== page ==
Tumor-targeted fusion protein platform for enhanced cancer immunotherapy

Tech ID: T-015906

Disease indication – cancer, particularly lung, breast, colon, and prostate cancer or melanoma (cancers where chemerin is down-regulated at the tumor site)

Drug format – engineered fusion protein

Drug class – first in class

Research stage and Preliminary data

  • In vitro validation – the fusion protein binds the tumor target with high specificity at nanomolar concentrations and efficiently recruits human NK cells
  • In vivo validation – the fusion protein concentrates specifically in target tumors after systemic administration and significantly reduces tumor growth compared to controls
  • Proof of concept – the fusion protein redirected immune effector cells (NK cells) to a prostate cancer cell line and increased T-cell mediated cytotoxicity (comparable to a checkpoint inhibitor)

Target – Fusion protein construct includes a flexible targeting motif that can be adapted to bind to specific cell surface antigens to treat different types of cancer. Initial validation studies were designed to target CD20 (for lymphoma and leukemia). With minor modifications, additional targets could include HER2 (for breast cancer), EGFR (for colon cancer), PSMA (for prostate cancer) and others.


Tumor microenvironments promote tumor growth in part by suppressing immune response. Current checkpoint inhibitor immunotherapy drugs are designed to counteract immune evasion (one of the mechanisms of immune suppression). However, these drugs suffer from side effects on healthy cells and they do not work in all patients.

Another mechanism that tumors use to escape immune defenses is downregulating chemerin. Chemerin (also known as RARRES2 and retinoic acid responder-2) is a chemoattractant, tumor suppressor protein that recruits tumor infiltrating cells (“TILs” such as NK cells) to the tumor microenvironment. Chemerin can modulate tumor growth and increased chemerin levels have been correlated with improved overall survival for a variety of tumor types (breast, melanoma, adrenocortical carcinoma and prostate). Harnessing the effects of chemerin specifically within the tumor microenvironment could provide an alternative immunotherapy approach that has the potential to provide an independent treatment or a synergistic combination therapy with checkpoint inhibitors.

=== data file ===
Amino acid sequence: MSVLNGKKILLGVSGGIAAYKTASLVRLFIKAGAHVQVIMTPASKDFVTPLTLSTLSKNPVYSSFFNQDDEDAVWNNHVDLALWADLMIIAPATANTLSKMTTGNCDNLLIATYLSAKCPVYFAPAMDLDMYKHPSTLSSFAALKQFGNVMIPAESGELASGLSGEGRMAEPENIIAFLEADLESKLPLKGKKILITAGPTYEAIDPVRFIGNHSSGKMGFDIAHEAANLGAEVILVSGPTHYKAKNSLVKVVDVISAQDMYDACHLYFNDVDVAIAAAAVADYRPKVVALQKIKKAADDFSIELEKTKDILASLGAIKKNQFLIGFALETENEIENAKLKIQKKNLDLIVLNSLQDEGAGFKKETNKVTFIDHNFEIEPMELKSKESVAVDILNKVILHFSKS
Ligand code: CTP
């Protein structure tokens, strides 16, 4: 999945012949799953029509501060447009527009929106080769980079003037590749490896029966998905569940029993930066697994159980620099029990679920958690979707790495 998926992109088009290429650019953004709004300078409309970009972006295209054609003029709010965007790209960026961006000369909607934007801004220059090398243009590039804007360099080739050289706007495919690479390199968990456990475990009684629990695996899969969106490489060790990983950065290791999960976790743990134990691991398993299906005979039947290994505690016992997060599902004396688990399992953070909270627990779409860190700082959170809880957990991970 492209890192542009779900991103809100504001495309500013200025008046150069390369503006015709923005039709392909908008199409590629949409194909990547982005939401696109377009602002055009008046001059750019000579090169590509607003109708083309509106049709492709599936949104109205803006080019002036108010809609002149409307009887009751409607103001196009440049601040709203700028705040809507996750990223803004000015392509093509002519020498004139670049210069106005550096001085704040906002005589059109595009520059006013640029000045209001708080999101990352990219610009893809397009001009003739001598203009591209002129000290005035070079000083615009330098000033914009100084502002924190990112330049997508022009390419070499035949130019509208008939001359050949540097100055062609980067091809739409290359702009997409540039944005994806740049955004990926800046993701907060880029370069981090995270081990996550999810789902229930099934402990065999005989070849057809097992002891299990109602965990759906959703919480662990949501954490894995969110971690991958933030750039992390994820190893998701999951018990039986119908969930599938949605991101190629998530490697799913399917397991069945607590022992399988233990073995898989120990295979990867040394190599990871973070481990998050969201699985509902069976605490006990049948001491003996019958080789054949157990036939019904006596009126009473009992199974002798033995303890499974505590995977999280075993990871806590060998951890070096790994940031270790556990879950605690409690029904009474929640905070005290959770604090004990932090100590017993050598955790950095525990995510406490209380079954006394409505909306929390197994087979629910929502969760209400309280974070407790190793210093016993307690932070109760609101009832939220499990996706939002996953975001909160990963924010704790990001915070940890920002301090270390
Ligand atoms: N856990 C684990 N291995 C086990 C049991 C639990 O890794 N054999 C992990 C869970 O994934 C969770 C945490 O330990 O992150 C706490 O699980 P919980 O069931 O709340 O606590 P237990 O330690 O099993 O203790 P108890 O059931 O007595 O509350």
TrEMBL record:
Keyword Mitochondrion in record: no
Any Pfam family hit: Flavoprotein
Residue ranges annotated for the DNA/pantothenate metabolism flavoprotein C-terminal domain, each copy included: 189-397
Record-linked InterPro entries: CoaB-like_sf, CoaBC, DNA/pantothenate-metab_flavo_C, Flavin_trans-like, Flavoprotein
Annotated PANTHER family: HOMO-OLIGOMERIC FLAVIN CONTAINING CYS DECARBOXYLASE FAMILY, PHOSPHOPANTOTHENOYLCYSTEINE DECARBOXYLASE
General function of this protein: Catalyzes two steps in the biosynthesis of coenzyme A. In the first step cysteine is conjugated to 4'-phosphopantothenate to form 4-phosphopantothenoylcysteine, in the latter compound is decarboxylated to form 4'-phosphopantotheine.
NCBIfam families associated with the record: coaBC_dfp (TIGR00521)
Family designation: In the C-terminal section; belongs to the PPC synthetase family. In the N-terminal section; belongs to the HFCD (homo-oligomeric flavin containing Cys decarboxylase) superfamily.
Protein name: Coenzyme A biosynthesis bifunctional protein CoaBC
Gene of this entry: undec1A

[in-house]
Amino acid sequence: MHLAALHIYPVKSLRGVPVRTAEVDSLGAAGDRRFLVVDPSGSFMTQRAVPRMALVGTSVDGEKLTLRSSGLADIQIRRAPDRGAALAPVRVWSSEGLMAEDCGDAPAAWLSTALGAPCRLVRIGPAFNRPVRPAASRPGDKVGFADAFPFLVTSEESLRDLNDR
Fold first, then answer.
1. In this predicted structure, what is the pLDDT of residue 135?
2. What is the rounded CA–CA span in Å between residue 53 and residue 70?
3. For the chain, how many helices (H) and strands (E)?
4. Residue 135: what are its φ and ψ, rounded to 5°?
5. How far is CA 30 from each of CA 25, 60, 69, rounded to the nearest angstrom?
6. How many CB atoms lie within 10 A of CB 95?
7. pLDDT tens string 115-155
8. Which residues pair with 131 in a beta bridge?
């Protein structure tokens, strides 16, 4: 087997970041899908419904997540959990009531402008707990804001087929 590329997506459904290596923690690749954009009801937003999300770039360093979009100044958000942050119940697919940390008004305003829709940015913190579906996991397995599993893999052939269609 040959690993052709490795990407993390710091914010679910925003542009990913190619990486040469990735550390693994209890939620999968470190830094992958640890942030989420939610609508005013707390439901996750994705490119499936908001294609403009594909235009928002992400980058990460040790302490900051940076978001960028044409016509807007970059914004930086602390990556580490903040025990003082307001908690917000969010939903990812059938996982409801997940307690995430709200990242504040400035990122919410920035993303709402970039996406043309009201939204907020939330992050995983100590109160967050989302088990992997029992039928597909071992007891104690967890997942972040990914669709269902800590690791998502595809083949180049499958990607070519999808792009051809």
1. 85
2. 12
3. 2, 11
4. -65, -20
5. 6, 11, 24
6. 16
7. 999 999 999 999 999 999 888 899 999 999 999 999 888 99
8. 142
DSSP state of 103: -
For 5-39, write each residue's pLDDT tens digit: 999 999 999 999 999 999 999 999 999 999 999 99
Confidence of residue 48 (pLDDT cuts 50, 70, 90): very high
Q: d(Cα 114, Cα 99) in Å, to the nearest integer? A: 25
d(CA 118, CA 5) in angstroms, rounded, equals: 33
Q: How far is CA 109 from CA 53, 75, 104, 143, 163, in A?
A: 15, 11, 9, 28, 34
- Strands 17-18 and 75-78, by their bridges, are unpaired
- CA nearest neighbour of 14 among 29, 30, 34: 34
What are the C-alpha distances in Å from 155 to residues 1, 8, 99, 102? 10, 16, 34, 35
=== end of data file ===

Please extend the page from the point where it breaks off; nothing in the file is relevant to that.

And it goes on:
Keywords – immunooncology, immunotherapy, chemerin, tumor microenvironment, chemoattractant, RARRES2

Mode of action

This invention is a chemerin fusion protein with three components: a tumor-targeting motif, the active chemerin protein and a cleavable linker that joins them together. The tumor targeting motif directs the fusion protein to a specific cell-surface antigen expressed by the tumor. The linker is designed to be cleaved at the tumor site, releasing chemerin locally in the tumor microenvironment. The chemerin would then activate the patient’s immune defenses, recruiting NK cells and other TILs to the tumor site with the goal of reducing the size of the tumor. This approach offers a flexible platform because the effects of chemerin have been observed in a range of tumor types and the tumor-targeting motif (e.g., scFv) can be adapted for a variety of tumor markers.

Competitive edge:

  • Tumor targeting – directs therapy to tumor microenvironment with a targeting motif directed to a tumor-specific antigen
    • could enable systemic administration with reduced side effects on healthy cells
    • off-the-shelf molecules could be developed for specific types of cancer without the need for patient-specific customization
  • Versatile platform
    • chemerin-based therapy could be widely used because immune evasion through reducing levels of chemerin appears to be shared across many tumor types
    • basic fusion protein structure can be adapted for a variety of cancers, with the potential for parallel design, production, and testing of multiple lead candidates in multiple tumor types
  • Potential synergy with checkpoint inhibitors – for possible combination therapy to improve response rates to checkpoint inhibitors
    • mechanism of chemerin is independent of the effects of checkpoint inhibitors
    • localizes activated immune cells (e.g., NK cells) to the site of a tumor
  • Durable response – compared with endogenous chemerin, chemerin fusion proteins are more stable and diffuse more slowly

Patent status – Compositions comprising chemerin and methods of use thereof (PCT Application, Publication No. WO2017/120589)

Publications – Shin, W. J., Zabel, B. A., & Pachynski, R. K. (2018). Mechanisms and functions of chemerin in cancer: Potential roles in therapeutic intervention. Frontiers in immunology, 9.

Web Links – Pachynski Profile




Zou, Dianxiong


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